TJUE, 15 de febrer de 1963, van Gend & Loos v. Fiscal administration of The Netherlands, cas 26/62.

    7 —

    Vegeu Dinstein, Y. (2016). The conduct of hostilities under the law of international armed conflict. Cambridge University Press.

    8 —

    L’art. 2 del Tractat de la Unió Europea (TUE) estableix que: “La Unió es fonamenta en els valors del respecte de la dignitat humana, la llibertat, la democràcia, la igualtat, l’estat de dret i el respecte dels drets humans, incloent-hi els drets de les persones que pertanyen a les minories. Aquests valors són comuns als estats membres en una societat en què prevalen el pluralisme, la no discriminació, la tolerància, la justícia, la solidaritat i la igualtat entre dones i homes” (TUE, art. 2, DOUE, C 202/17 de 7 de juny de 2016).

    9 —

    El principi IV del Decàleg d’Hèlsinki fa referència a la “integritat territorial dels estats” i diu el següent: “Els estats participants respectaran la integritat territorial de cadascun dels estats participants. En conseqüència, s’abstindran de qualsevol acció incompatible amb els propòsits i els principis de la Carta de les Nacions Unides contra la integritat territorial, la independència política o la unitat de qualsevol estat participant, i en particular de qualsevol acció que constitueixi una amenaça o ús de la força”.

    10 —

    “La Unió respectarà la igualtat dels estats membres davant els Tractats, com també la seva identitat nacional, inherent a les seves estructures fonamentals, polítiques i constitucionals, incloent-hi l’autogovern regional i local. Respectarà les seves funcions estatals essencials, incloent-hi la garantia de la integritat territorial de l’estat, el manteniment de la llei i l’ordre i la protecció de la seguretat nacional. En particular, la seguretat nacional continua sent responsabilitat exclusiva de cada estat membre” (TUE, art. 4 § 2, loc. cit., 18).

    11 —

    CIJ, Opinió del 22 de juliol de 2010, Accordance with International Law of the Unilateral Declaration of Independence in Respect of Kosovo, opinió consultiva, I.C.J. Reports 2010, p. 403, § 80.

    12 —

    Des de 1975, han aparegut a Europa nous estats, com Bòsnia i Hercegovina, Croàcia, la República Txeca, Estònia, Letònia, Lituània, Montenegro, Sèrbia, Eslovàquia i Eslovènia; fins i tot set d’aquests nous estats han estat admesos com a estats membres de la UE. Vegeu sobre aquest número, Levrat (2017), “The Right to National Self-determination within the EU: a Legal Investigation” (sèrie de documents de treball EUborders, setembre de 2017, 23 p.).

    13 —

    CIJ, 30 de juny de 1995, East Timor (Portugal v. Austràlia), sentència, I.C.J. Reports 1995, p. 90.

    14 —

    TJUE, 21 de desembre de 2016, Council vs Front Polisario, C-104/16 P, ECLI:EU:C:2016:973.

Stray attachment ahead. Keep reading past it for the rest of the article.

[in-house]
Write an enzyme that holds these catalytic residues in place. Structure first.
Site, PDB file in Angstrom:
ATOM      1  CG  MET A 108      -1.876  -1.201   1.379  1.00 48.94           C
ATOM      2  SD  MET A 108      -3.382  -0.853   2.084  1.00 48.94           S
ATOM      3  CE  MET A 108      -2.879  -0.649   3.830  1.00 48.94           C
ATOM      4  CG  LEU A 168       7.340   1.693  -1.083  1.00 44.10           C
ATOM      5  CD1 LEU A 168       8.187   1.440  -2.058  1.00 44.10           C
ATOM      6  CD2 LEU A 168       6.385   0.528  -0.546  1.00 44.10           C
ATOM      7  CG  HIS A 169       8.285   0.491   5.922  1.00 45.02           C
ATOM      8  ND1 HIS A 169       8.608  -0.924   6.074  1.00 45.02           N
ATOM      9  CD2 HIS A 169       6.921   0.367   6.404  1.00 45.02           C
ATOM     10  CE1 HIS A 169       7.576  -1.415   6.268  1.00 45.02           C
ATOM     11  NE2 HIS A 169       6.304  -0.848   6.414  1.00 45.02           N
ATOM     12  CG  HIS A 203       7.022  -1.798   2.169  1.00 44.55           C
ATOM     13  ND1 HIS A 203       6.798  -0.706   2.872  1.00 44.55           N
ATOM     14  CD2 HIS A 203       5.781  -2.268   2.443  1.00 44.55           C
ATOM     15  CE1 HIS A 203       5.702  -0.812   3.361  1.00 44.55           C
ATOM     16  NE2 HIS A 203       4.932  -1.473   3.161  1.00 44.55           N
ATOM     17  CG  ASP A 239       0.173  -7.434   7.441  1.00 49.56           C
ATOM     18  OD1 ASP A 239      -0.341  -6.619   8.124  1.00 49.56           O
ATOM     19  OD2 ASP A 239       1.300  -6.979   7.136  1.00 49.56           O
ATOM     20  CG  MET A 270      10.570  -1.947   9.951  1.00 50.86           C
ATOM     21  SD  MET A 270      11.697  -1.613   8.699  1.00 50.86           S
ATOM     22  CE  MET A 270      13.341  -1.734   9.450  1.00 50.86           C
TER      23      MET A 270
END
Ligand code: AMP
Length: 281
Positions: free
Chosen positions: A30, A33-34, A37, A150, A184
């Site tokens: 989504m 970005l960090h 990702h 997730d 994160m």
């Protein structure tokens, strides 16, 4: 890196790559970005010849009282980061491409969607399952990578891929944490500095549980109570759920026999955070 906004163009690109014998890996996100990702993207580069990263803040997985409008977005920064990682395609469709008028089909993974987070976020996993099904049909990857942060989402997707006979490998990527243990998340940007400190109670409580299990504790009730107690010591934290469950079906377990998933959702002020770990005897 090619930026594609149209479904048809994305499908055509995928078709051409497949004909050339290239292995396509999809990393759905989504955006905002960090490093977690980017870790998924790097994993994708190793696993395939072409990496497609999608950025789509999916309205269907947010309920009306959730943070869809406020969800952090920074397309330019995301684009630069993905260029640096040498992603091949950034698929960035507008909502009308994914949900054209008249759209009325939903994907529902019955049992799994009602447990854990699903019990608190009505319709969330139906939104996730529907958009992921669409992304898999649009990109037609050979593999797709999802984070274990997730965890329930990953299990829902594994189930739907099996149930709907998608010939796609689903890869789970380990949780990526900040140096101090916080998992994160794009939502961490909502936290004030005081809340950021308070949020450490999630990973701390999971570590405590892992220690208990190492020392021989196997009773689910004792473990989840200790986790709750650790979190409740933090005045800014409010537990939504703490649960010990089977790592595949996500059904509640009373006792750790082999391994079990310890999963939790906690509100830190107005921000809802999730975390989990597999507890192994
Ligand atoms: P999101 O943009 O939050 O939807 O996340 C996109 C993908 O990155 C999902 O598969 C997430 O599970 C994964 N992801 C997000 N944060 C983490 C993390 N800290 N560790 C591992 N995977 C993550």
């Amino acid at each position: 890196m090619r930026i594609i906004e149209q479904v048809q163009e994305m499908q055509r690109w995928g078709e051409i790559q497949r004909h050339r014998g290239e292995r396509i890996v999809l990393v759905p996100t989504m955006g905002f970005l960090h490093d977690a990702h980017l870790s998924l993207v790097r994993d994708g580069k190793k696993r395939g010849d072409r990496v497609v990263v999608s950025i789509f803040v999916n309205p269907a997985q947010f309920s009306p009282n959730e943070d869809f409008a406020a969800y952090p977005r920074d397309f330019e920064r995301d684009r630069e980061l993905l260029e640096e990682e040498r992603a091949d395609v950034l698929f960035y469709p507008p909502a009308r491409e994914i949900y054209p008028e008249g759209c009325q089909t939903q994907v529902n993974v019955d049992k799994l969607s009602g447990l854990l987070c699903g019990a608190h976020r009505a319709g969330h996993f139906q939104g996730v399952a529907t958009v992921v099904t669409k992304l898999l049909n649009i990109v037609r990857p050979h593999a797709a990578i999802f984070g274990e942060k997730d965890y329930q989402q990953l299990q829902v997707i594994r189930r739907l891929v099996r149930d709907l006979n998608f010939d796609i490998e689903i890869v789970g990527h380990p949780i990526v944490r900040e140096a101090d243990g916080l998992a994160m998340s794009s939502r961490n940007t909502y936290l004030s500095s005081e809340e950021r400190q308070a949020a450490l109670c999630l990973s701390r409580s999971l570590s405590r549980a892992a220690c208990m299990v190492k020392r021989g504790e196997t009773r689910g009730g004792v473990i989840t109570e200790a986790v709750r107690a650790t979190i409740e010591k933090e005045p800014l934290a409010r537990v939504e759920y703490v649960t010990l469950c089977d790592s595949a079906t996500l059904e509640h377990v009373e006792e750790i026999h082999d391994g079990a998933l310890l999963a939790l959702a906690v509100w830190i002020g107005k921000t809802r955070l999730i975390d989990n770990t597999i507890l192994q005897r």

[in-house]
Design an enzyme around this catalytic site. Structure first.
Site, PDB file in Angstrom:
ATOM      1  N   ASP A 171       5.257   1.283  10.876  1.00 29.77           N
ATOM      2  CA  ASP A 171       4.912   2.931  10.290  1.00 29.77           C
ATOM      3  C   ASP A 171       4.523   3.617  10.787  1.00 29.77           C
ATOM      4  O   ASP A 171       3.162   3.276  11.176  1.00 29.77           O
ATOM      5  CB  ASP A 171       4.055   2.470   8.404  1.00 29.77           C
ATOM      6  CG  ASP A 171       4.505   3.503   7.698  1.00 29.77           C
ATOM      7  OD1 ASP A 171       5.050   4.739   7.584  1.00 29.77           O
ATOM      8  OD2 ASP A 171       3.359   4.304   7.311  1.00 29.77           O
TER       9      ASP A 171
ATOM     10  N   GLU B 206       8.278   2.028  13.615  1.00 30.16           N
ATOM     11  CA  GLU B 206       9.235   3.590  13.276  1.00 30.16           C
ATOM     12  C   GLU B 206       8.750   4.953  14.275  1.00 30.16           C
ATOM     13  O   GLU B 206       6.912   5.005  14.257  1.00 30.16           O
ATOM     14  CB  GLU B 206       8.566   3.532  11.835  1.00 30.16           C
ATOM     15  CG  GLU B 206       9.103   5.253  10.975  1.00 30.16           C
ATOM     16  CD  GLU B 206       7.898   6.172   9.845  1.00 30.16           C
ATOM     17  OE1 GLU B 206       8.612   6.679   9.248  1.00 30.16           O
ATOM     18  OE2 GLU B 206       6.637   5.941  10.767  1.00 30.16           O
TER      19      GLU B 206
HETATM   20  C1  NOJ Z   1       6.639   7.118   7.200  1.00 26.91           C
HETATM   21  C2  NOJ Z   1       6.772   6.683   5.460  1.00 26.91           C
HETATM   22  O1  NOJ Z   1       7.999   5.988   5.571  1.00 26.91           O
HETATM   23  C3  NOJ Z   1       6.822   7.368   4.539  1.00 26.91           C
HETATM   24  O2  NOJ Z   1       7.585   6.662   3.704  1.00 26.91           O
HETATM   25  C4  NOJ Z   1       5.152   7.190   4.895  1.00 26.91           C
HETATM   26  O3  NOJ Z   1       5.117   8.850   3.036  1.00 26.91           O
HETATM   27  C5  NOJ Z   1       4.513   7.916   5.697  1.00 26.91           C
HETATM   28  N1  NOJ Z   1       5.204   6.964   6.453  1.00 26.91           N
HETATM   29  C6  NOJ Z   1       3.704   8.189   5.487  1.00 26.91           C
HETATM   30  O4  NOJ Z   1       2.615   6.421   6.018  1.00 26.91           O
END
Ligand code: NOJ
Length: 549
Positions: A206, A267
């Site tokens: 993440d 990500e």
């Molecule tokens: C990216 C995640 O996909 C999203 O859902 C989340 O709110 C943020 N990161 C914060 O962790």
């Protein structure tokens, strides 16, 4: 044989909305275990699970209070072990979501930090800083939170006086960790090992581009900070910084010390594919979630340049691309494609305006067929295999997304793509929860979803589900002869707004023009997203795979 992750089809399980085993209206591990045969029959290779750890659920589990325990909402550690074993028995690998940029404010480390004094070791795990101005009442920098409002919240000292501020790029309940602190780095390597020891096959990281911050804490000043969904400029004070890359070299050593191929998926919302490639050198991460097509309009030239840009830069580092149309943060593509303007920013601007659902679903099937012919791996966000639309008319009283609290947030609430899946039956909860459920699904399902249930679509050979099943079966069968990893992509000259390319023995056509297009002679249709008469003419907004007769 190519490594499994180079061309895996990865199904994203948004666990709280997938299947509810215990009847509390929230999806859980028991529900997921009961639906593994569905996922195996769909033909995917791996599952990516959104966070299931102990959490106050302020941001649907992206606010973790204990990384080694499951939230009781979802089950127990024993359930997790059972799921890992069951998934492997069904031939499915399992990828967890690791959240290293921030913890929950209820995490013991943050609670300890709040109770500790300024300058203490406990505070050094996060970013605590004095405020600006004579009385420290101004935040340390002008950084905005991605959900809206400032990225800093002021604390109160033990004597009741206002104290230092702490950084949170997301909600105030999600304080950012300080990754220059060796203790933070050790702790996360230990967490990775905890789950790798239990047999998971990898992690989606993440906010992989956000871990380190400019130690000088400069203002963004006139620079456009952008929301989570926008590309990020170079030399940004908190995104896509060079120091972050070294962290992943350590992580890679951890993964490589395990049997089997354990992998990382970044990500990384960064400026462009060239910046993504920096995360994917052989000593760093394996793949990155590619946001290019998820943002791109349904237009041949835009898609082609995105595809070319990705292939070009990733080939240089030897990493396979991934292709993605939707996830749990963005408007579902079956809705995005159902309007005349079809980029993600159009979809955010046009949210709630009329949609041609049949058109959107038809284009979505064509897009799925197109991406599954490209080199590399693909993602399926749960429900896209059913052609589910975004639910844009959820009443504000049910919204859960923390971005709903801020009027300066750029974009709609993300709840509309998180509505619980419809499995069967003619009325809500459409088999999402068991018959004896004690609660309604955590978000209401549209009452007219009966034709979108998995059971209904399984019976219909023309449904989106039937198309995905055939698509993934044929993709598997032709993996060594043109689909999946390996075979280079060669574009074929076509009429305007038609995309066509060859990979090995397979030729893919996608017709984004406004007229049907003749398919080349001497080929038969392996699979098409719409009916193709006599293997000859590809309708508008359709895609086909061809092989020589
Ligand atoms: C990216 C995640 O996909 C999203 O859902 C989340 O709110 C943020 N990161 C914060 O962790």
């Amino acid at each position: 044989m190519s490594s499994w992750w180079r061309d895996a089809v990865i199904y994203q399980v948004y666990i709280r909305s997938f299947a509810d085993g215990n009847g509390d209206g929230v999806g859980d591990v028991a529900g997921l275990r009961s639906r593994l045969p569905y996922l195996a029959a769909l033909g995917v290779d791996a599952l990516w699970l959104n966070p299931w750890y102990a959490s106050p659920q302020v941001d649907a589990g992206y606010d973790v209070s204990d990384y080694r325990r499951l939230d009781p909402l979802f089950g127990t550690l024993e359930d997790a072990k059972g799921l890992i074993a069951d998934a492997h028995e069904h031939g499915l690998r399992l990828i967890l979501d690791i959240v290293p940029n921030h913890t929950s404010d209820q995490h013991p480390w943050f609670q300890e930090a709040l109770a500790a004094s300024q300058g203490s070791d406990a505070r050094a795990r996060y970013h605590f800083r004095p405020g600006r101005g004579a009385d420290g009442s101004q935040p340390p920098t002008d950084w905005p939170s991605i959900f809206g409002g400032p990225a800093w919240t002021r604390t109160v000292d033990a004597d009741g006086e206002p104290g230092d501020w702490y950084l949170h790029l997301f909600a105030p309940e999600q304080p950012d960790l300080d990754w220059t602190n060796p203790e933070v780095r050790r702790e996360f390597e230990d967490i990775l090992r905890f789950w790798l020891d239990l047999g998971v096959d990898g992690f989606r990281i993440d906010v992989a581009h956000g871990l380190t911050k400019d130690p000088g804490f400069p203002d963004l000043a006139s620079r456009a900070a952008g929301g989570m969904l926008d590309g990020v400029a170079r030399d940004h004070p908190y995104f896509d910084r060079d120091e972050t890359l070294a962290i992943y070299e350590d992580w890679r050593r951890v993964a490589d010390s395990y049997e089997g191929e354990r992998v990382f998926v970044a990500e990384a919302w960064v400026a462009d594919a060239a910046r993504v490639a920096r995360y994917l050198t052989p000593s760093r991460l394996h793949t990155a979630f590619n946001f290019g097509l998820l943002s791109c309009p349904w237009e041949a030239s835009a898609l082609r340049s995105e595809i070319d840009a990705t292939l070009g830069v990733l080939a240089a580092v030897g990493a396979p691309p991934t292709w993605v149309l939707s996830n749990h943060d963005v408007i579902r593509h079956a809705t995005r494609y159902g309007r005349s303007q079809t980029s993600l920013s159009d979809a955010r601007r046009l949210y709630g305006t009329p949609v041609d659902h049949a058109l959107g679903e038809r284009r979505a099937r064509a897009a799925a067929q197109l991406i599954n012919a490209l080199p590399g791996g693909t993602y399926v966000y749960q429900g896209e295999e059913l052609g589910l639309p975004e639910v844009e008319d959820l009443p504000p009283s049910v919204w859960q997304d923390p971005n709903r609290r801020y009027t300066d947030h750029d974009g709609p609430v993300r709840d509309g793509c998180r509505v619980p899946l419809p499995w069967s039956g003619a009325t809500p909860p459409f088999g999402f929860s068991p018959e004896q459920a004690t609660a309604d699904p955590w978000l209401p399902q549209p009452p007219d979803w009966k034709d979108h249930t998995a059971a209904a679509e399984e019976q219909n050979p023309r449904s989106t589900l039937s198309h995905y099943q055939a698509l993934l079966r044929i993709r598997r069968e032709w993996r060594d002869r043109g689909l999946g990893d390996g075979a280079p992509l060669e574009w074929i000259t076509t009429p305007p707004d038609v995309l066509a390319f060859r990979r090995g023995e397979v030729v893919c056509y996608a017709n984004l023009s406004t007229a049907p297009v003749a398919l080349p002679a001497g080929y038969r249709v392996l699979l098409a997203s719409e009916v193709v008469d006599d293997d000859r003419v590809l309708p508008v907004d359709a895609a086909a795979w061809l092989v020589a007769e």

15 —

    CIJ, opinió del 22 de juliol de 2010, loc. cit., § 79. També CIJ, opinió del 25 de febrer de 2019, Legal Consequences of the Separation of the Chagos Archipelago from Mauritius in 1965, opinió consultiva, I.C.J. Reports 2019, p.

    16 —

    Conveni Internacional de Drets Culturals, Socials i Econòmics i Conveni Internacional de Drets Civils i Polítics, adoptats i oberts a la signatura, ratificació i adhesió per la Resolució 2200A (XXI) del 16 de desembre de 1966 de l’Assemblea General de les Nacions Unides.

    17 —

    Comitè de Drets Humans de les Nacions Unides, “Comentari general núm. 12: article 1 (Dret d’autodeterminació)”, adoptat en la seva 21a sessió (1984).

    18 —

    Art. 1 § 3, comú als dos Convenis de Drets Humans de les Nacions Unides de 1966.

    19 —

    Tractat de la Unió Europea (TUE), article 2, DOUE, C 202/17 de 7 de juny de 2016.

    20 —

    De Zayas, A (2014). Informe de l’expert independent de l’Assemblea General de les Nacions Unides sobre la promoció d’un ordre internacional democràtic i equitatius de les Nacions Unides (doc. A/69/272). Disponible en línia.

    21 —

    Tractat de la Unió Europea (TUE), article 2, DOUE, C 202/17 de 7 de juny de 2016.

    22 —

    Segons l’art. 3 § 5 del TUE, la UE “contribuirà […] a l’observança estricta i al desenvolupament del dret internacional, incloent-hi el respecte als principis de la Carta de les Nacions Unides”.

    23 —

    Sentència del Tribunal Suprem del Canadà de 20 d’agost de 1998 a “Reference re Secession of Quebec”, Supreme Court Judgements Report [1998] 2 SCR 217, número de cas 25506, § 151.

    24 —

    Ibid., § 152.

    25 —

    Ibid., § 151.

    26 —

    Ibid., § 153.

    27 —

    Vegeu Gagnon, A. G. (2020), “Multinational federalism: challenges, shortcomings and promises”, Regional & Federal Studies, 1-16.

    28 —

    Nicolaïdis, K. (2004), “The new constitution as european ‘demoi‐cracy’?”, Critical review of international social and political philosophy, 7(1), 76-93. Cheneval, F. (2011), The government of the peoples: On the idea and principles of multilateral democracy. Springer.

    29 —

    És més que probable que aquest sigui el cas pel que fa a les sentències de presó dictades pel Tribunal Suprem d’Espanya per a alguns independentistes catalans, amb un desconsideració considerable per part dels tribunals nacionals espanyols a les disposicions del TEDH.